He saw her from the bottom of the stairs Before she saw him. She was starting down, Looking back over her shoulder at some fear. She took a doubtful step and then undid it To raise herself and look again. He spoke Advancing toward her: 'What is it you see From up there always--for I want to know.' She turned and sank upon her skirts at that, And her face changed from terrified to dull. He said to gain time: 'What is it you see,' Mounting until she cowered under him. 'I will find out now--you must tell me, dear.' She, in her place, refused him any help With the least stiffening of her neck and silence. She let him look, sure that he wouldn't see, Blind creature; and awhile he didn't see. But at last he murmured, 'Oh,' and again, 'Oh.' 'What is it--what?' she said. 'Just that I see.' 'You don't,' she challenged. 'Tell me what it is.' 'The wonder is I didn't see at once. I never noticed it from here before. I must be wonted to it--that's the reason. The little graveyard where my people are! So small the window frames the whole of it. Not so much larger than a bedroom, is it? There are three stones of slate and one of marble, Broad-shouldered little slabs there in the sunlight On the sidehill. We haven't to mind those. But I understand: it is not the stones, But the child's mound--' 'Don't, don't, don't, don't,' she cried. She withdrew shrinking from beneath his arm That rested on the bannister, and slid downstairs; And turned on him with such a daunting look, He said twice over before he knew himself: 'Can't a man speak of his own child he's lost?' 'Not you! Oh, where's my hat? Oh, I don't need it! I must get out of here. I must get air. I don't know rightly whether any man can.' 'Amy! Don't go to someone else this time. Listen to me. I won't come down the stairs.' He sat and fixed his chin between his fists. 'There's something I should like to ask you, dear.' 'You don't know how to ask it.' 'Help me, then.' Her fingers moved the latch for all reply. 'My words are nearly always an offense. I don't know how to speak of anything So as to please you. But I might be taught I should suppose. I can't say I see how. A man must partly give up being a man With women-folk. We could have some arrangement By which I'd bind myself to keep hands off Anything special you're a-mind to name. Though I don't like such things 'twixt those that love. Two that don't love can't live together without them. But two that do can't live together with them.' She moved the latch a little. 'Don't--don't go. Don't carry it to someone else this time. Tell me about it if it's something human. Let me into your grief. I'm not so much Unlike other folks as your standing there Apart would make me out. Give me my chance. I do think, though, you overdo it a little. What was it brought you up to think it the thing To take your mother--loss of a first child So inconsolably--in the face of love. You'd think his memory might be satisfied--' 'There you go sneering now!' 'I'm not, I'm not! You make me angry. I'll come down to you. God, what a woman! And it's come to this, A man can't speak of his own child that's dead.' 'You can't because you don't know how to speak. If you had any feelings, you that dug With your own hand--how could you?--his little grave; I saw you from that very window there, Making the gravel leap and leap in air, Leap up, like that, like that, and land so lightly And roll back down the mound beside the hole. I thought, Who is that man? I didn't know you. And I crept down the stairs and up the stairs To look again, and still your spade kept lifting. Then you came in. I heard your rumbling voice Out in the kitchen, and I don't know why, But I went near to see with my own eyes. You could sit there with the stains on your shoes Of the fresh earth from your own baby's grave And talk about your everyday concerns. You had stood the spade up against the wall Outside there in the entry, for I saw it.' 'I shall laugh the worst laugh I ever laughed. I'm cursed. God, if I don't believe I'm cursed.' 'I can repeat the very words you were saying. "Three foggy mornings and one rainy day Will rot the best birch fence a man can build." Think of it, talk like that at such a time! What had how long it takes a birch to rot To do with what was in the darkened parlor. You couldn't care! The nearest friends can go With anyone to death, comes so far short They might as well not try to go at all. No, from the time when one is sick to death, One is alone, and he dies more alone. Friends make pretense of following to the grave, But before one is in it, their minds are turned And making the best of their way back to life And living people, and things they understand. But the world's evil. I won't have grief so If I can change it. Oh, I won't, I won't!' 'There, you have said it all and you feel better. You won't go now. You're crying. Close the door. The heart's gone out of it: why keep it up. Amy! There's someone coming down the road!' 'You--oh, you think the talk is all. I must go-- Somewhere out of this house. How can I make you--' 'If--you--do!' She was opening the door wider. 'Where do you mean to go? First tell me that. I'll follow and bring you back by force. I will!--'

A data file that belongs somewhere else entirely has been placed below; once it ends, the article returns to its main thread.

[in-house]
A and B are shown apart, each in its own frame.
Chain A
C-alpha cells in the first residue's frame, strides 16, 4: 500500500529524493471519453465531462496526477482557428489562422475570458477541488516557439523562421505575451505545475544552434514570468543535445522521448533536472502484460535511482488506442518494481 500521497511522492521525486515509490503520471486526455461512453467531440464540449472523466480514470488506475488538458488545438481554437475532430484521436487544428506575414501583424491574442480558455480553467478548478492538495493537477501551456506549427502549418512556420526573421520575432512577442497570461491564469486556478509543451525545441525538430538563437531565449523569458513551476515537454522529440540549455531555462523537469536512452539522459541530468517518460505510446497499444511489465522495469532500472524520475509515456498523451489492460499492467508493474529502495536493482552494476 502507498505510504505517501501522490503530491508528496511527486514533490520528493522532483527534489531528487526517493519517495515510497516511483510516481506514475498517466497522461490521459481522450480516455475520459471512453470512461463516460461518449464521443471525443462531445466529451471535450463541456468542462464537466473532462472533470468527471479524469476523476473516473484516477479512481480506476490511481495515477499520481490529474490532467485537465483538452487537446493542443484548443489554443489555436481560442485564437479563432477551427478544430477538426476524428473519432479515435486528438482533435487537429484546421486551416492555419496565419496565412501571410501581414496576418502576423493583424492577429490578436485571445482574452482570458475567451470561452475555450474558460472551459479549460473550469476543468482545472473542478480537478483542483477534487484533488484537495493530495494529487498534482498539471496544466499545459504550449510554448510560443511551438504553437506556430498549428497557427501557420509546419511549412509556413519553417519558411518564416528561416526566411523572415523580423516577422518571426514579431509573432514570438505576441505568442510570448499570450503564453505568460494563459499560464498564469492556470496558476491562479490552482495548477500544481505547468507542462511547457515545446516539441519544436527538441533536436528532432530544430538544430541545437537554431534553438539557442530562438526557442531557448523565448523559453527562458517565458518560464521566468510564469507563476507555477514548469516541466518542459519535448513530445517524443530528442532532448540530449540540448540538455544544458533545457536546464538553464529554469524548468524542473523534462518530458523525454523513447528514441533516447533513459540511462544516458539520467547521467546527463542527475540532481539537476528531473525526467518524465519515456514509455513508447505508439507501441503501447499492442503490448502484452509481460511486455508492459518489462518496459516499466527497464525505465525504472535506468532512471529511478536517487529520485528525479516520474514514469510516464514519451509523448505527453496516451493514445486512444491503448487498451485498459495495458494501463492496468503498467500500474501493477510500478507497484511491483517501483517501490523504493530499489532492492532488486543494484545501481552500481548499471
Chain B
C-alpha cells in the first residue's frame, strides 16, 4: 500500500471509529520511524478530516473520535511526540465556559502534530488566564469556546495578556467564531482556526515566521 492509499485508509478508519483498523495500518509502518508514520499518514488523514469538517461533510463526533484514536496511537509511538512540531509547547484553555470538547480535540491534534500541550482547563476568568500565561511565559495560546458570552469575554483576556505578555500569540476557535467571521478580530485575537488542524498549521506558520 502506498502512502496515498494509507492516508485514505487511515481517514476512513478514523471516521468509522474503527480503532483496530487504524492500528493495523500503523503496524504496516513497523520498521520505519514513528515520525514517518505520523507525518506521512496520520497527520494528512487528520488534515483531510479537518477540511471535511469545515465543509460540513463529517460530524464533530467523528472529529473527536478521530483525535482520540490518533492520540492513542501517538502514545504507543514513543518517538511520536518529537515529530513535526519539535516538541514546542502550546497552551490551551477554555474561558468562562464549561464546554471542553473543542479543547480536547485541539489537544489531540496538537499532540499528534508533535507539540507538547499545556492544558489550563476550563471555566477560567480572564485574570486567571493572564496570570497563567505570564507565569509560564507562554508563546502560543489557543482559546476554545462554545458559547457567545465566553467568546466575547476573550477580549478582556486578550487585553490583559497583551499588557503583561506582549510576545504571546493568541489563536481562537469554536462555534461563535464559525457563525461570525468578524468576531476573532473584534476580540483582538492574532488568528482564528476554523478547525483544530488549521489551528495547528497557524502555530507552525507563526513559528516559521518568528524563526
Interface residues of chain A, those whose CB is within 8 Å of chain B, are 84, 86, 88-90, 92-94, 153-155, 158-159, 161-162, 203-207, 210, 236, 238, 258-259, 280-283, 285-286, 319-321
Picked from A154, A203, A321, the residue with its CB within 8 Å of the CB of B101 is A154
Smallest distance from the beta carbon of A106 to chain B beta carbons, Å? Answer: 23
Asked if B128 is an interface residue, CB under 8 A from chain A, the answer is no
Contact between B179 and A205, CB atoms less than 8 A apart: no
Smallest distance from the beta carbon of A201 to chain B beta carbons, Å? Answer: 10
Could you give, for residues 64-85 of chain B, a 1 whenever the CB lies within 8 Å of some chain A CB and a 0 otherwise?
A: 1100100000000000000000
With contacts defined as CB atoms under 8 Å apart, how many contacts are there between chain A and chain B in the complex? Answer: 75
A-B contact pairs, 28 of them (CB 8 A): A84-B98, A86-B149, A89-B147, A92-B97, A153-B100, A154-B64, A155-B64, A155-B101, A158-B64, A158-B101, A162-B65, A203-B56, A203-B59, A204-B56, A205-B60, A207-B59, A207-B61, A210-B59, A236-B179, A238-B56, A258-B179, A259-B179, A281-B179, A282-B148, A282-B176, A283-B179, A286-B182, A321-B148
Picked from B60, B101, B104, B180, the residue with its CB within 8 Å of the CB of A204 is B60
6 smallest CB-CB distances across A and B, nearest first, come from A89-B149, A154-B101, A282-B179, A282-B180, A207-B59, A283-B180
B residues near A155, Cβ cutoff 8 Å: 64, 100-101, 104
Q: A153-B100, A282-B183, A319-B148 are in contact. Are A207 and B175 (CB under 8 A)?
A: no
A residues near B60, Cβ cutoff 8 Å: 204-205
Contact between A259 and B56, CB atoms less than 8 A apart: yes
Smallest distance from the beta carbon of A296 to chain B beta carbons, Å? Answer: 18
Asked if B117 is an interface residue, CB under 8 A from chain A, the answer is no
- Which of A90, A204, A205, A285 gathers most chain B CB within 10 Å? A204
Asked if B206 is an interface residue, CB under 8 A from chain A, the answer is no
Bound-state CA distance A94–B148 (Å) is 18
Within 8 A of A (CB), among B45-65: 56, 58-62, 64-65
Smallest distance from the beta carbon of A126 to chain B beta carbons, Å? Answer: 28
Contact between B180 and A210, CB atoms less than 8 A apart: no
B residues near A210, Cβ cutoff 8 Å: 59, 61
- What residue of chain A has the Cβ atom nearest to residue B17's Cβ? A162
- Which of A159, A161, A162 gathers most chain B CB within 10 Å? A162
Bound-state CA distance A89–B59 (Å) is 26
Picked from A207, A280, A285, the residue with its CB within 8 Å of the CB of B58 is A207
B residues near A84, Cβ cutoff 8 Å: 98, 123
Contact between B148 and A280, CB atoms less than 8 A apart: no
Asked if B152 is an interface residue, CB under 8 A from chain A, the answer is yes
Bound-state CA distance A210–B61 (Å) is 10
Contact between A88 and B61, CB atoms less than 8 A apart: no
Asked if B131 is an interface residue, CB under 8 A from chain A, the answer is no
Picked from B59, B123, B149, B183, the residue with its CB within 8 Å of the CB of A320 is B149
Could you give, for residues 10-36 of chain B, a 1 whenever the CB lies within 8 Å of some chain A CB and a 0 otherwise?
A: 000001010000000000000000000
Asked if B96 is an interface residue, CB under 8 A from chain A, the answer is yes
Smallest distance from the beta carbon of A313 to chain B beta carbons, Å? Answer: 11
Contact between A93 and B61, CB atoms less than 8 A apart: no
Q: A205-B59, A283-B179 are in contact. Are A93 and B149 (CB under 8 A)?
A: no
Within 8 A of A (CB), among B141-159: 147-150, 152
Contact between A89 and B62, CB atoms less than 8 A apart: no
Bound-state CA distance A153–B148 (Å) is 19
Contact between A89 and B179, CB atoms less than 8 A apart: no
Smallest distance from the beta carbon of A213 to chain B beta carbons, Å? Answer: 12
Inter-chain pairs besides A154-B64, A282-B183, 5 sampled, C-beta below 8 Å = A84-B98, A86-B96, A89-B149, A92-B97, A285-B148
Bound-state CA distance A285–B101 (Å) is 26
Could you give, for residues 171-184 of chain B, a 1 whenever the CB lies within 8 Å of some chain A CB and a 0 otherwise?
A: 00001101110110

There were three in the meadow by the brook